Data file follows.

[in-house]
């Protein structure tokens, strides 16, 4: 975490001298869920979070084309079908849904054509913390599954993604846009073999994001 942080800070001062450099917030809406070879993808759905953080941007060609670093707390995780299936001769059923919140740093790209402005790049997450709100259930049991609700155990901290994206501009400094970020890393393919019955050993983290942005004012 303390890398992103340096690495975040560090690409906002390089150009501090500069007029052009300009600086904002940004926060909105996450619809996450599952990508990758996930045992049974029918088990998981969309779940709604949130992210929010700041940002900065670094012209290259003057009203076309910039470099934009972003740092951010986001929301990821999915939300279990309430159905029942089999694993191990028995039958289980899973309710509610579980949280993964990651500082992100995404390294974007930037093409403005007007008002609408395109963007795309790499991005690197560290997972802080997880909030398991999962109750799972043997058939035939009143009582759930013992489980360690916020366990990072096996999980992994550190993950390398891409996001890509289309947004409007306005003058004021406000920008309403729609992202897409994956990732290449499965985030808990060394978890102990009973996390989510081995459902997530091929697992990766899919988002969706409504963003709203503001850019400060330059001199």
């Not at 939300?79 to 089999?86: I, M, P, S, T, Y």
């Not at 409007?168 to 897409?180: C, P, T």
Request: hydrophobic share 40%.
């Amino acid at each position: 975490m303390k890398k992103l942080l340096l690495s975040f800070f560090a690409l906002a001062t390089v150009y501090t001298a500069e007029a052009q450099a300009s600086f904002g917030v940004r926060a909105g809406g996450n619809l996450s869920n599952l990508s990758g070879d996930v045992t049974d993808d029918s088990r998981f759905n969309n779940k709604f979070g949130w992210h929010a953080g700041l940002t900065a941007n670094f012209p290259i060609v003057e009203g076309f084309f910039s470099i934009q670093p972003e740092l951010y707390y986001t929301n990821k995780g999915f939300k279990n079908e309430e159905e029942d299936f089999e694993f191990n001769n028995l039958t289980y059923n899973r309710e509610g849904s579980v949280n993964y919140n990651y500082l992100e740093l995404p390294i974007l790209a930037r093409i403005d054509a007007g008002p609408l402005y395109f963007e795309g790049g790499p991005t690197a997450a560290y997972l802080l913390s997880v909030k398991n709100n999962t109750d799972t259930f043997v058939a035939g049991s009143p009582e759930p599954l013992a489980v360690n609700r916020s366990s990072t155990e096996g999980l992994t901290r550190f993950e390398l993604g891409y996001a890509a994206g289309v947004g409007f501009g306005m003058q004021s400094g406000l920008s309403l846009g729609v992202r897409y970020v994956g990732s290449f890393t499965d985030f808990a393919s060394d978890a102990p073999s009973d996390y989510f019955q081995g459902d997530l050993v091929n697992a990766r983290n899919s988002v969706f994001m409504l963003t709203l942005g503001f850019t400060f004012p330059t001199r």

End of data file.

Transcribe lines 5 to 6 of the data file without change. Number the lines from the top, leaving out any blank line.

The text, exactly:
Request: hydrophobic share 40%.
């Amino acid at each position: 975490m303390k890398k992103l942080l340096l690495s975040f800070f560090a690409l906002a001062t390089v150009y501090t001298a500069e007029a052009q450099a300009s600086f904002g917030v940004r926060a909105g809406g996450n619809l996450s869920n599952l990508s990758g070879d996930v045992t049974d993808d029918s088990r998981f759905n969309n779940k709604f979070g949130w992210h929010a953080g700041l940002t900065a941007n670094f012209p290259i060609v003057e009203g076309f084309f910039s470099i934009q670093p972003e740092l951010y707390y986001t929301n990821k995780g999915f939300k279990n079908e309430e159905e029942d299936f089999e694993f191990n001769n028995l039958t289980y059923n899973r309710e509610g849904s579980v949280n993964y919140n990651y500082l992100e740093l995404p390294i974007l790209a930037r093409i403005d054509a007007g008002p609408l402005y395109f963007e795309g790049g790499p991005t690197a997450a560290y997972l802080l913390s997880v909030k398991n709100n999962t109750d799972t259930f043997v058939a035939g049991s009143p009582e759930p599954l013992a489980v360690n609700r916020s366990s990072t155990e096996g999980l992994t901290r550190f993950e390398l993604g891409y996001a890509a994206g289309v947004g409007f501009g306005m003058q004021s400094g406000l920008s309403l846009g729609v992202r897409y970020v994956g990732s290449f890393t499965d985030f808990a393919s060394d978890a102990p073999s009973d996390y989510f019955q081995g459902d997530l050993v091929n697992a990766r983290n899919s988002v969706f994001m409504l963003t709203l942005g503001f850019t400060f004012p330059t001199r």